In order to examine this issue, we plot in Fig. 7 the baryon fraction versus the temperature at different radii: [FORMULA], [FORMULA] and [FORMULA]. Error bars were estimated by considering uncertainties on the temperature, and also on metallicity for groups. Uncertainties on X-ray emission are small and lead to tiny errors on the gas mass in the observed range ([FORMULA]), while in the outer part, where observations are lacking, robust estimates of the uncertainties cannot be obtained, given that these uncertainties are systematic in nature. In the case of groups, the metallicity uncertainty can lead to significant errors on the gas mass, and was therefore taken into account. As it can be seen, we do observe no obvious trend with [FORMULA]. The data are more consistent with [FORMULA] being constant and this whatever the mass estimator used. Although a weak tendency could be seen (in the frame of SLM masses), it appears swamped in the high dispersion affecting objects of a same temperature. Therefore we do not confirm the trend of increasing [FORMULA] with [FORMULA] (or size) as previously found by D95. This is a rather robust conclusion as our sample covers a wide range of temperature, from 1 to [FORMULA]. This result is consistent with the similarity of baryon fraction profiles we found (Fig. 3) and the absence of trend of [FORMULA] with [FORMULA] indicating that non-gravitational processes such as galactic feedback are not dominant in determining the large scale structure of the intracluster medium.

[FIGURE] Fig. 7. Baryon fractions in the sample as a function of X-ray temperature. Top: at [FORMULA]. Middle: at [FORMULA]. Bottom: at [FORMULA]. Left: hydrostatic masses. Right: SLM masses. Groups are shown as open circles and objects with poor quality temperature measurements (and therefore masses) as crosses.

5.3. The [FORMULA]-[FORMULA] correlation

Analysing the baryon fraction versus temperature may hide or reflect some correlations which are present among other parameters. Of special interest is to check whether a correlation with [FORMULA] exists.

We first searched for a trend between [FORMULA] and the temperature. Previous studies have shown that low temperature systems exhibit a more extended ICM distribution (low [FORMULA] values) than hotter ones (Arnaud & Evrard 1999). From Fig. 8 we can see that no clear trend of increasing [FORMULA] with [FORMULA] is found. Although smaller [FORMULA] are found at the cool side, this might be due to a larger dispersion in [FORMULA] for the smallest potentials. We note that our result is consistent with the recent analysis of Mohr et al. (1999).

[FIGURE] Fig. 8. The slope [FORMULA] derived from the best-fit of a [FORMULA]-model to X-ray images plotted versus the temperature. On the right panel is plotted the baryon fraction (at [FORMULA]) in the IHE [FORMULA]-model (filled symbols) compared to the SLM (open symbols) as a function of [FORMULA].

We have also examined the way the baryon fraction varies with [FORMULA] (Fig. 8). The baryon fraction derived from the hydrostatic [FORMULA] model, [FORMULA], does not vary with [FORMULA] in an obvious way: if anything it decreases with increasing [FORMULA] (while no obvious correlation is found with [FORMULA], see Fig. 7). Such a trend, if real, would be unexpected. Using the SLM mass estimates, the baryon fraction is much more constant and less dispersed, even at a fixed [FORMULA] (for [FORMULA] the dispersion on [FORMULA] is 0.23 with SLM estimates while it is 0.31 with the IHE). The fact that [FORMULA] is constant with [FORMULA] again differs from what one would expect if reheating would have a dominant rôle in redistributing the gas inside clusters.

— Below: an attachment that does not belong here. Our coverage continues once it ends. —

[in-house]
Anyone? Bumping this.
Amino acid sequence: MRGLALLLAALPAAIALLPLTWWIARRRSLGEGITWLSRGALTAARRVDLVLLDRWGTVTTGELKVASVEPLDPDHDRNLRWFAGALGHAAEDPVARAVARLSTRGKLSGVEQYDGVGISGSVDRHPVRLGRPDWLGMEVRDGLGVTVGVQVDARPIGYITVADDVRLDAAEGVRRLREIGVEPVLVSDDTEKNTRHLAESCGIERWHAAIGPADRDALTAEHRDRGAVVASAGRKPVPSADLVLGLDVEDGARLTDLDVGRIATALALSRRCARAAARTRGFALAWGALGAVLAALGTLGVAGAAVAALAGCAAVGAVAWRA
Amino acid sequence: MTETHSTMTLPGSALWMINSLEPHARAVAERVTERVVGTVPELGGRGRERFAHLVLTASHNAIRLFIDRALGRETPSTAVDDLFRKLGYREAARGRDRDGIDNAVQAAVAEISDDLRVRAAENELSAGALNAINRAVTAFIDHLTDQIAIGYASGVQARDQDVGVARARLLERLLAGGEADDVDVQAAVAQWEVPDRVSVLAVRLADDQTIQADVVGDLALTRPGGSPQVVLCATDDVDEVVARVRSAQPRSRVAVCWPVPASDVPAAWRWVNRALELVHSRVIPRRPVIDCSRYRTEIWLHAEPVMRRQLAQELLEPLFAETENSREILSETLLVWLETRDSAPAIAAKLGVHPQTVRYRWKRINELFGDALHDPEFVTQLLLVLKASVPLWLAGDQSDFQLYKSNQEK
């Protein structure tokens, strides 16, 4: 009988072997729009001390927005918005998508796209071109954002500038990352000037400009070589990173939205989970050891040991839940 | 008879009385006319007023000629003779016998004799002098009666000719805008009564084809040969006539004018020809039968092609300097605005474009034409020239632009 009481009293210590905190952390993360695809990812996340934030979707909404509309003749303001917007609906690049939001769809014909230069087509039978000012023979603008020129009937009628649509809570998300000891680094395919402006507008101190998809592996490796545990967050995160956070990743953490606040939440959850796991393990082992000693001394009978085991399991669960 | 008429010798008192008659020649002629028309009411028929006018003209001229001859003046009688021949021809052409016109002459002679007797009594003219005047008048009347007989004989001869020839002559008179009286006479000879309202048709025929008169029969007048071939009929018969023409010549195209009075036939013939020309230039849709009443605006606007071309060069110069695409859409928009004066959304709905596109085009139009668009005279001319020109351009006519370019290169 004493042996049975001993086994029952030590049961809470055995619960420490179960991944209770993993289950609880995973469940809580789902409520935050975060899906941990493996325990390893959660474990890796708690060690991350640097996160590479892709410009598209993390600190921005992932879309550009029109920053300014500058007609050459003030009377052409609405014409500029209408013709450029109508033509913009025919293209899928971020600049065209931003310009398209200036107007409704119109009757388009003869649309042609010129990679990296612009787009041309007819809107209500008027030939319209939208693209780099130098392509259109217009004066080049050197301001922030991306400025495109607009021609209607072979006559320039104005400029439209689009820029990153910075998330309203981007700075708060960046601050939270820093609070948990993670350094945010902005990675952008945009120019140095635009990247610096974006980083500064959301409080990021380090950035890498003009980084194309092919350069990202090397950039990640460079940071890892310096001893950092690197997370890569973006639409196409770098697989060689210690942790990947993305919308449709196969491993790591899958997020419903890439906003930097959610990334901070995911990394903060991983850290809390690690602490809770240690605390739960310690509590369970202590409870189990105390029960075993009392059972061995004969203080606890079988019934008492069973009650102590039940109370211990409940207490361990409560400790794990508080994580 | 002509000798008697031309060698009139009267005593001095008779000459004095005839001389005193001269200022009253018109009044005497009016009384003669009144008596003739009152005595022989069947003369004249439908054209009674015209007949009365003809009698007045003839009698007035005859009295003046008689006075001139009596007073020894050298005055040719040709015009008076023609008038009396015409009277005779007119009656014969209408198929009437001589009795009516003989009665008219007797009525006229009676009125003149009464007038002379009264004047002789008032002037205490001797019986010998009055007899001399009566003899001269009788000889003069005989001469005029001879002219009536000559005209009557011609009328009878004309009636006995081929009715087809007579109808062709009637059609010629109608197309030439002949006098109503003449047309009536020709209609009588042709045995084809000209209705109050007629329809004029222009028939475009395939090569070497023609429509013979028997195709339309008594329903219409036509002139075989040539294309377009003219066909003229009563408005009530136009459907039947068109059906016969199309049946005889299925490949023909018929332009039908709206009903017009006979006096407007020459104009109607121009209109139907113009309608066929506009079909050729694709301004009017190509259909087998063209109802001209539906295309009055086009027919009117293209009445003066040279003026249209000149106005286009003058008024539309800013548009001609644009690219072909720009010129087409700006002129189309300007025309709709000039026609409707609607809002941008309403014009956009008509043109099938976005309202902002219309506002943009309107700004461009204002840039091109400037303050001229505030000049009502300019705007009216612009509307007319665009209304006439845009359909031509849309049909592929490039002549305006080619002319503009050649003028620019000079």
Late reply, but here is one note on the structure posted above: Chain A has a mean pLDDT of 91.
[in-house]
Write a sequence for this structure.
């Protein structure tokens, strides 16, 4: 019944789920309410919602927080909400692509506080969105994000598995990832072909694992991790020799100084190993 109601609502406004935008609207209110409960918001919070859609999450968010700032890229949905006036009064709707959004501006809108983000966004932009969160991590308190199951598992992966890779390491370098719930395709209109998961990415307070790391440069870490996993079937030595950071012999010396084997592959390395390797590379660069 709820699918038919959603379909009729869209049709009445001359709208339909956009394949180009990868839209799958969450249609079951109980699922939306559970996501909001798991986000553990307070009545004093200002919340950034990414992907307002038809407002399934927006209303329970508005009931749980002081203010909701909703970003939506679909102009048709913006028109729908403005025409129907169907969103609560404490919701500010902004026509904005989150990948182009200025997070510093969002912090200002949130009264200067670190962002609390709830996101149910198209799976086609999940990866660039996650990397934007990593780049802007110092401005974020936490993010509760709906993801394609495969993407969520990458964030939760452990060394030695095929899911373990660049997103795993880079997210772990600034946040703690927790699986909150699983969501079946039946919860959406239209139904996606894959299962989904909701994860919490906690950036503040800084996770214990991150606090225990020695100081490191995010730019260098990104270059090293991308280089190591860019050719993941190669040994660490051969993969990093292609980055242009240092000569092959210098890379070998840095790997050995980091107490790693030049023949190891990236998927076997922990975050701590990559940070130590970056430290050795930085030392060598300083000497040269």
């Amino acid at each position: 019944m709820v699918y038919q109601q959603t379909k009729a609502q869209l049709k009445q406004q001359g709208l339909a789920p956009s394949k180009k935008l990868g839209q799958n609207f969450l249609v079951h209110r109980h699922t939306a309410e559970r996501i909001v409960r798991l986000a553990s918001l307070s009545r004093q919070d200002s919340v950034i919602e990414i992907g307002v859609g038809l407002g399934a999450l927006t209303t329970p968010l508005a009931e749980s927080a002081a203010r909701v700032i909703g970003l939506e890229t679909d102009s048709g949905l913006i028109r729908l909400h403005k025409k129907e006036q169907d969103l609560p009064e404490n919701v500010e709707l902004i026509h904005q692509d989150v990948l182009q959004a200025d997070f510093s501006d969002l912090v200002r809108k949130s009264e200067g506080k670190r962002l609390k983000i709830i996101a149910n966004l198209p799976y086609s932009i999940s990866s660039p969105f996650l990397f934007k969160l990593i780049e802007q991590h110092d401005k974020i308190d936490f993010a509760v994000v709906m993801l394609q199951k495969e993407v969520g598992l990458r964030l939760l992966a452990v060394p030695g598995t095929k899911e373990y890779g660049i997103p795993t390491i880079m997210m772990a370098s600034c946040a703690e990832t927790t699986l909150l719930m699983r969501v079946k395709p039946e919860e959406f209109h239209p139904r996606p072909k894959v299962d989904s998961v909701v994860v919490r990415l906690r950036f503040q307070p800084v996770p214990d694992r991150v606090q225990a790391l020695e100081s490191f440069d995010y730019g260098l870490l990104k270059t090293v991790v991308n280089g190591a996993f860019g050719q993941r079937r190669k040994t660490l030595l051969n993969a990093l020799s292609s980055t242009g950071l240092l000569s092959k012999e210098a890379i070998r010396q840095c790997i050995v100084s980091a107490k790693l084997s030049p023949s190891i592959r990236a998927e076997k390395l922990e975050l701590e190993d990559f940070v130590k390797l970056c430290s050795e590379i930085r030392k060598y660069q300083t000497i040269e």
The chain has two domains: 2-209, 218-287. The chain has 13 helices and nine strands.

5.4. Implications on mass estimates

As we have seen (Sect. 4.2) the baryon fraction estimated with the SLM method is less dispersed than with the IHE method. This effect has been noted previously (Evrard 1997) and has been interpreted as due to the observational uncertainties in the estimation of [FORMULA]. The mass estimates (at some radius R) can be written as:




The fact that baryon fractions estimated with [FORMULA] are more dispersed can be understood just because of the extra dispersion introduced by [FORMULA] (EMN; Arnaud & Evrard 1999). For this to be due to the sole errors in the measurement of [FORMULA], it would imply that the dispersion in the measurements dominates the intrinsic dispersion, resulting in a tight correlation between [FORMULA] and [FORMULA], which is not obvious from Fig. 8: most clusters have a [FORMULA] in the narrow range [FORMULA], and the sample restricted to this range shows a larger dispersion for the baryon fraction computed with the IHE. Therefore, we conclude that the large dispersion observed in the baryon fractions estimated from the hydrostatic [FORMULA] model is intrinsic to the method itself leading to less reliable mass estimates, rather than to the uncertainty on [FORMULA] measurements.

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Online publication: October 2, 2000